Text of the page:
MIAMI, FL -- A friend of mine once told me the greatest obstacle we face as Latinos in the 21st century is our native language. The formality of Spanish and its unwillingness to adapt to modern society would hold us back. I tried to counter his argument - but he was right.
While my English-speaking friends used phrases like ‘email’ and ‘tweet’, I was stuck in Spanish with ‘correo electrónico.’ In the fast pace of modern society we were being held back by the language of Cervantes, where for every one word in English you need five in Spanish.
Fortunately the award-winning Zubi Advertising has provided a Latino Emoji app to help us make a quantum leap forward. Divided by countries, people, flavors, folklore, slang and a Spanish keyboard, the app enables users to give each other a hard time by taking advantage of our diverse and surreal expressions as well as honoring our respective heritages with a quick choose and paste.
Why send a smiley face when you can send a Celia Cruz or a Frida Kahlo? Argentinians can boast about having their Pope emoji while Puerto Ricans have their awesome mofongo; there are food emojis for the different Caribbean and Latin American countries. A cow on top of a frying pan? Why "vaca frita," of course, a classic Cuban flank steak.
Even more hilarious are the graphic takes on common phrases used in some of our countries - such as a mango sitting on a rice bowl ("arroz con mango," which means a total mess) or a head of lettuce with a face on it ("cara de lechuga" means someone is pretty shameless). They're fun as they are smart.
We sat down with Iván Calle, Executive Creative director of Zubi to talk about its creation.
What sparked the idea for Latino Emoji?
IC: "All the hoopla over Apple's taco emoji caught our attention. In conversations with my creative staff we were saying, ‘Sure, a taco is good, but so much hype for a taco?’ It’s fine, but a taco only represents one country.’ And that’s where the idea was born."
"We realized there was a need for emojis to speak to the diversity of our community. Our food, our slang our cultures are different from one country to another. Sometimes you’re speaking to somebody in Spanish and you don’t understand the meaning of the expressions they’re using. Those are the things that make us unique. And we thought ‘You know what, we should create emojis that truly represent who we are, where we’re from and divide them by country because we have thousands of different ways of expressing ourselves.’ That’s what inspired us."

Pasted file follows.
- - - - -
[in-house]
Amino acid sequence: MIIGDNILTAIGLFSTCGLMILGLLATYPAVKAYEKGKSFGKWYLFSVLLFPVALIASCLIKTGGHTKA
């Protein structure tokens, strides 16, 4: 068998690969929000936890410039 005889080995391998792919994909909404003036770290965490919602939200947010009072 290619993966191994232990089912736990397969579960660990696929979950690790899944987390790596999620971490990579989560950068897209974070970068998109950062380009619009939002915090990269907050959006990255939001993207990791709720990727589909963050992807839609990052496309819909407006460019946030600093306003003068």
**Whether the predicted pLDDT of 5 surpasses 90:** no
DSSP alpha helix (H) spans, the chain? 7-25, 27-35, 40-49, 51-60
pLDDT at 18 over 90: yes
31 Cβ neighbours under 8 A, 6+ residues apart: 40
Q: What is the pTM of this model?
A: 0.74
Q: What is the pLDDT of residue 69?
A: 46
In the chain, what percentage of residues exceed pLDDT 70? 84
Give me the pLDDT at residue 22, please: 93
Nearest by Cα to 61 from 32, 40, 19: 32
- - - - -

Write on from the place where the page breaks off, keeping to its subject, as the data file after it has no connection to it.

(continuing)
What’s been most surprising about the rollout of the Latino Emoji keyboard?
IC: "Emojis are the new form of rapid expression across different technologies. Even though basic smiley faces work well across the board, there was a need for emojis that would capture how Latinos authentically express themselves."
"But we didn't realize how desperate people were for it. We got 10,000 downloads on launch day and people started interacting with them immediately."
"Another thing that surprised me was that people in 100 countries have downloaded this app. Not only Hispanic countries - it's been downloaded in Angola, France, England, Japan and they’re using it. Which confirms something we have always known - Hispanics are everywhere."
Something that struck me about the app was the emoji’s design. How did you develop each emoji?
IC: "We wanted to represent how we really talk. That was part of our mission. We wanted to be authentic. Back to the taco, Mexicans will tell you that the taco emoticon is not authentic. Here at Zubi, we’re a sort of United Nations. We have Ecuadorians, Peruvians, Cubans, Colombians, Argentinians, Venezuelans."
"So we picked designers from each country to design their country’s emojis. We consulted with each other throughout the process so we had firsthand knowledge of the authenticity of every emoji we wanted to create. For example, every arepa we created is an arepa that Venezuelans actually eat because the woman that designed them is Venezuelan."
The emojis are funny. Was that a goal for you?
IC: "We tried to capture how Hispanics use a lot of expressions that have double meanings. Our slang is humorous and exaggerated. We’re dramatic and charming and passionate. We wanted to graphically capture that. We also wanted to get all those phrases we use to one up on each other and pull each other's leg. It’s part of our culture. So every country has a section of emojis to give each other a hard time. We wanted to include that because it’s how we really talk among ourselves."
"At the end of the day it's a form of communication. And if you don’t have a way of communicating that reflects how you truly speak, you’re being limited."
We found it particularly fitting that it was Zubi Advertising that would bring this idea to the market. Can you speak to that a little bit?
IC: "When Tere Zubizarreta started this agency, there was no ‘Hispanic Market’ to speak of. She is an icon. She gave birth to Hispanic marketing and she did it as a woman almost 40 years ago. She was truly impressive and the Smithsonian in DC agrees - they added her body of work to their collection."
"Zubi as a Hispanic Marketing agency composed of Hispanic employees. We were the natural environment in which to cultivate this idea."